How Deep Should A Tray Ceiling Be?

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The depth of recessed ceilings depends on your style and ceiling clearance. The ideal ceiling height is at least 7.5 tall whereas the typical height of a sunken tray is from 1 inch to 1 foot. These dimensions will influence the functional and aesthetic benefits of this ceiling.

How Far From A Wall Should A Tray Ceiling Be?

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There are no definite rules on the distance between the tray ceiling and the wall. The number will differ based on various circumstances, including room size and tray shape, to name a few. In a forum, one of the homeowner's ceilings is 18 inches or 1.5 feet away from the wall.

Where Should The Tray Ceiling Be Placed?

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Whether in the entryway, dining room, or living room, ceilings do not have to be plain. Framing tray ceilings will improve overall ambiance. For instance, mounting whitewashed wood planks with thick crowns in the trays allows you to achieve a Scandinavian style and subtle texture. 

There are unlimited possibilities for tray ceilings. You can mix and match various designs. Watch this clip to discover tray ceiling ideas you can use as an inspiration for your home.

Should You Paint The Tray Ceiling?

Elegant formal dining room with lighted tray ceiling, pillars.

Painting is one of the practical ways to decorate your tray ceiling. In addition to the transformed atmosphere, paint adds a protective layer. Even though painting a tray ceiling is more demanding than painting a traditional one, you should consider doing it.

Painting Reminders

There are several dos and don'ts to consider when painting a tray ceiling.

  • Cover the furniture with old linens or plastic sheets to avoid paint stains.
  • Maintain good ventilation by opening the windows and doors. Otherwise, use an air purifier or exhaust fan to air out gases and odors.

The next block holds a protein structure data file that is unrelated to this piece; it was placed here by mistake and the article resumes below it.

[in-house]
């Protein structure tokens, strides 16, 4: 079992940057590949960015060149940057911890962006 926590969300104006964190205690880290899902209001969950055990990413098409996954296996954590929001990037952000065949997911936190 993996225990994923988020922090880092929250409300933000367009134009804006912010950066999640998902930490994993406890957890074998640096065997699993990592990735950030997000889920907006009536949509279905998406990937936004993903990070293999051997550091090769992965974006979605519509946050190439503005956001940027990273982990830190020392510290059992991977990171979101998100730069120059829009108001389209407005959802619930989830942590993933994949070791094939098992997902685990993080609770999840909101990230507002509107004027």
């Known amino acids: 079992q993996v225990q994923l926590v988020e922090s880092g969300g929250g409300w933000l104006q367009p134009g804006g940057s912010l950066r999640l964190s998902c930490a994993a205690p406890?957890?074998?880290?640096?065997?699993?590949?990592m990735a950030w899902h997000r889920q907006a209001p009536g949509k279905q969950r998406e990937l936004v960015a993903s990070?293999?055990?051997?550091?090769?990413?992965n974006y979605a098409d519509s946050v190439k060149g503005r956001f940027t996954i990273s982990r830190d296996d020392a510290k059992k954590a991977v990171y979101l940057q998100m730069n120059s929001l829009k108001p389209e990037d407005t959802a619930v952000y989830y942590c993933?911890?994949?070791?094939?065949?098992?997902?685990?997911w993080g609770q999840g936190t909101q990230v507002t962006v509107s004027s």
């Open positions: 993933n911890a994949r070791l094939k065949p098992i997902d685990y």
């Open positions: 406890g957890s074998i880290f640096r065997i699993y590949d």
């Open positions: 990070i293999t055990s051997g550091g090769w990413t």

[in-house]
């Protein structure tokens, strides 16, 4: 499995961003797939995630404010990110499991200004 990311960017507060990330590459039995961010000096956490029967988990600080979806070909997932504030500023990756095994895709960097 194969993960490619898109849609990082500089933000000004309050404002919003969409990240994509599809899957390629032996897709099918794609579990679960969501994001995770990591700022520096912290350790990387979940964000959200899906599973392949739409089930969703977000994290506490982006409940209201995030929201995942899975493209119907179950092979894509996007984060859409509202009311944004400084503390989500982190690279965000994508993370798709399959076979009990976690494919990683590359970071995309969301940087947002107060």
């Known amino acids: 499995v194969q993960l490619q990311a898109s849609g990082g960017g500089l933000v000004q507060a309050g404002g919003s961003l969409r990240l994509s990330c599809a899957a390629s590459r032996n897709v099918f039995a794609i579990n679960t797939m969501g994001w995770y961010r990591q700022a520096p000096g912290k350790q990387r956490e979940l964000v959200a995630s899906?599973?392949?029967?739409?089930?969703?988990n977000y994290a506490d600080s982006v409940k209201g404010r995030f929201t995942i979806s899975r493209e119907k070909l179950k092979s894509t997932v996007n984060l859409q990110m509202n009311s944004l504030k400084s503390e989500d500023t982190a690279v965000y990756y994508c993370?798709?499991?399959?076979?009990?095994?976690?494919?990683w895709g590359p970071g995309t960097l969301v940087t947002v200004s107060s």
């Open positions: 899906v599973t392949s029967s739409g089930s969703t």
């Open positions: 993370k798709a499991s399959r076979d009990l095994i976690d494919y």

• Apply painters' tape properly around the upper wall edges to prevent paint bleed-through.
  • Wipe off the dust on the ceiling's surface using a damp cloth.
  • Coat the ceiling with latex primer using a roller for big areas and an angled brush for corners and crevices.
  • Avoid splattering by attaching an extension pole and rolling the paint slowly.
  • Use white paint for the ceiling—it's a classic and versatile hue.  
  • Match the ceiling with the hue of large furniture and furnishings for a sleek look.
  • Consider a different pigment for the recessed areas to make them striking.
  • Enhance the perceived room height by using the same paint on walls and tray edges. 
  • Paint all the surfaces except for the crown molding to create a highlight effect. 

Final Thoughts

Construction worker assemble a suspended ceiling with drywall and fixing the drywall to the ceiling metal frame with screwdriver.

Building a tray ceiling takes more time than building a flat ceiling. The more layers, the greater the intricacy and duration. Remember, the measurements and sealing must be consistent, but you are free to choose moldings and paint colors for your tray.

If you enjoyed this post, check these articles:

What Size Baseboards For 9-Foot Ceilings?

How Much Space Between Cabinets And Ceiling Should You Have?